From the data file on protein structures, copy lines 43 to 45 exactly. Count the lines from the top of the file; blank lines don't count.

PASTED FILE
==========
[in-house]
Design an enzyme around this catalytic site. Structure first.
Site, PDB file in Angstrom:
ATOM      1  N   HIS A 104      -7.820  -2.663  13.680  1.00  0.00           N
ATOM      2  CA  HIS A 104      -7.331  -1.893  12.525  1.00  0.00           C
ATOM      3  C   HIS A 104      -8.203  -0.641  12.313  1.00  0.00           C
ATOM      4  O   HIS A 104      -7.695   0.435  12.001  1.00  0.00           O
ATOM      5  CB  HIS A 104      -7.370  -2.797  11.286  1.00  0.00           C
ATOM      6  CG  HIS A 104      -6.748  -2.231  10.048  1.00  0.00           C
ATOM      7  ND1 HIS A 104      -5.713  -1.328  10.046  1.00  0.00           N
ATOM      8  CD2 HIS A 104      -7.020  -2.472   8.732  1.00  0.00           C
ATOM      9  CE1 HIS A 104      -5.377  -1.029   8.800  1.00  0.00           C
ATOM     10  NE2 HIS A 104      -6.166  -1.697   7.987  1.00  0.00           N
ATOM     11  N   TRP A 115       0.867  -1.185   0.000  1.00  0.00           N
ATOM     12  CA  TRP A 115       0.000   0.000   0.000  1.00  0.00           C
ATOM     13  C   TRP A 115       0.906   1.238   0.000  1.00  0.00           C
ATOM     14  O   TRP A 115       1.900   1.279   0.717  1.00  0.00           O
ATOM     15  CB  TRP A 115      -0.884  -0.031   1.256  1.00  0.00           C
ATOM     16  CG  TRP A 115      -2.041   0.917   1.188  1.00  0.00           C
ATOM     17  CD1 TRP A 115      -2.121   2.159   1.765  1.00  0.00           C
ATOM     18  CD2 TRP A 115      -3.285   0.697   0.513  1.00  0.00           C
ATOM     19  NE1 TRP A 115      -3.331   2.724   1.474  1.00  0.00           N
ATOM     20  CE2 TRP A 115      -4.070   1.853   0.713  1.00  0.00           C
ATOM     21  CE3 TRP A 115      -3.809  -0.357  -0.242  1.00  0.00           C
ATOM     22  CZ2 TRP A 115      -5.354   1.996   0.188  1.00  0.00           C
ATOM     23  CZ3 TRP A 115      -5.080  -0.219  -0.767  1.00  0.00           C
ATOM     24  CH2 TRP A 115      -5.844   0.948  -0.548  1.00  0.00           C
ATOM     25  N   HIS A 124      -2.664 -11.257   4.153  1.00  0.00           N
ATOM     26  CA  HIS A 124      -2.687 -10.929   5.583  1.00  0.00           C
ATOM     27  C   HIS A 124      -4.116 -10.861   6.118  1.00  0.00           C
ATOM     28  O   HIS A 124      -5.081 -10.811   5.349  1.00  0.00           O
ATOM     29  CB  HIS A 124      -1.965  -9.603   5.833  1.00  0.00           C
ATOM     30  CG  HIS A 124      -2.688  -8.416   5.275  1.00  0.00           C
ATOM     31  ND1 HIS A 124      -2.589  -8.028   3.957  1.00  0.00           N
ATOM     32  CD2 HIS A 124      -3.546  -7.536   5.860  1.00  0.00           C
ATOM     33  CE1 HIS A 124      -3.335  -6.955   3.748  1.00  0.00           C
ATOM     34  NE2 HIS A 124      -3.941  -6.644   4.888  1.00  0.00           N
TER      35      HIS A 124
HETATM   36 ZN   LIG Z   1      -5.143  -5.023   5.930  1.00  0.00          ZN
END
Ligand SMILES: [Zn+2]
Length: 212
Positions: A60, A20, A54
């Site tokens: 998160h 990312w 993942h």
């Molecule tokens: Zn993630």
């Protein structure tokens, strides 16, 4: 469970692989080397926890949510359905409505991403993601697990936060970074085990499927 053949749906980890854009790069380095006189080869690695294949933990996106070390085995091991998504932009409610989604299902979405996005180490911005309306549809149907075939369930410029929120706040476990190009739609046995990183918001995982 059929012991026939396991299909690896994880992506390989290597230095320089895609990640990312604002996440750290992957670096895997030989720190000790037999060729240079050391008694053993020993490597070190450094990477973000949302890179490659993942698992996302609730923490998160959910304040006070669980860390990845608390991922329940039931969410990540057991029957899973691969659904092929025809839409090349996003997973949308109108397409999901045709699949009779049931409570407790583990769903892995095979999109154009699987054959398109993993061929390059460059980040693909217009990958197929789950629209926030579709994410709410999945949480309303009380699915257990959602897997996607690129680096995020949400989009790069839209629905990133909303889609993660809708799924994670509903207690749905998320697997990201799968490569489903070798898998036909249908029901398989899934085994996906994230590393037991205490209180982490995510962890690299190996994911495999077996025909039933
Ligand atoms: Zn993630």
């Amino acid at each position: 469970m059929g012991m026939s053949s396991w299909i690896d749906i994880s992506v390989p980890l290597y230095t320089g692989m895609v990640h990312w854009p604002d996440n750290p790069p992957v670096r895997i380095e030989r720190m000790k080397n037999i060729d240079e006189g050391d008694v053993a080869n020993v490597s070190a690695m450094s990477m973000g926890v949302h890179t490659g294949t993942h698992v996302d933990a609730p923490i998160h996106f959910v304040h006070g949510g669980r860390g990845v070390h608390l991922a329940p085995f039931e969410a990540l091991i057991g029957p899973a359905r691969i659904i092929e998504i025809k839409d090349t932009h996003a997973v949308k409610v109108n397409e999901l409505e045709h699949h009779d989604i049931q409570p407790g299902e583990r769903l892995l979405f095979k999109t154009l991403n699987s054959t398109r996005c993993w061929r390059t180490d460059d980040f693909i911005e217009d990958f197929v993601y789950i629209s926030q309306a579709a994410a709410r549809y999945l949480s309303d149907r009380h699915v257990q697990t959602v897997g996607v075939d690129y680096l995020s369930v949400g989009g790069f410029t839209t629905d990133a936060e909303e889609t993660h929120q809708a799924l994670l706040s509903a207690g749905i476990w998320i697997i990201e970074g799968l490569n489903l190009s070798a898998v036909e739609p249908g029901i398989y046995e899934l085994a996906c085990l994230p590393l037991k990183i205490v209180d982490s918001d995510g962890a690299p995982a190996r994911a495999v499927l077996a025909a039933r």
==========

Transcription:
Positions: A60, A20, A54
């Site tokens: 998160h 990312w 993942h």
């Molecule tokens: Zn993630």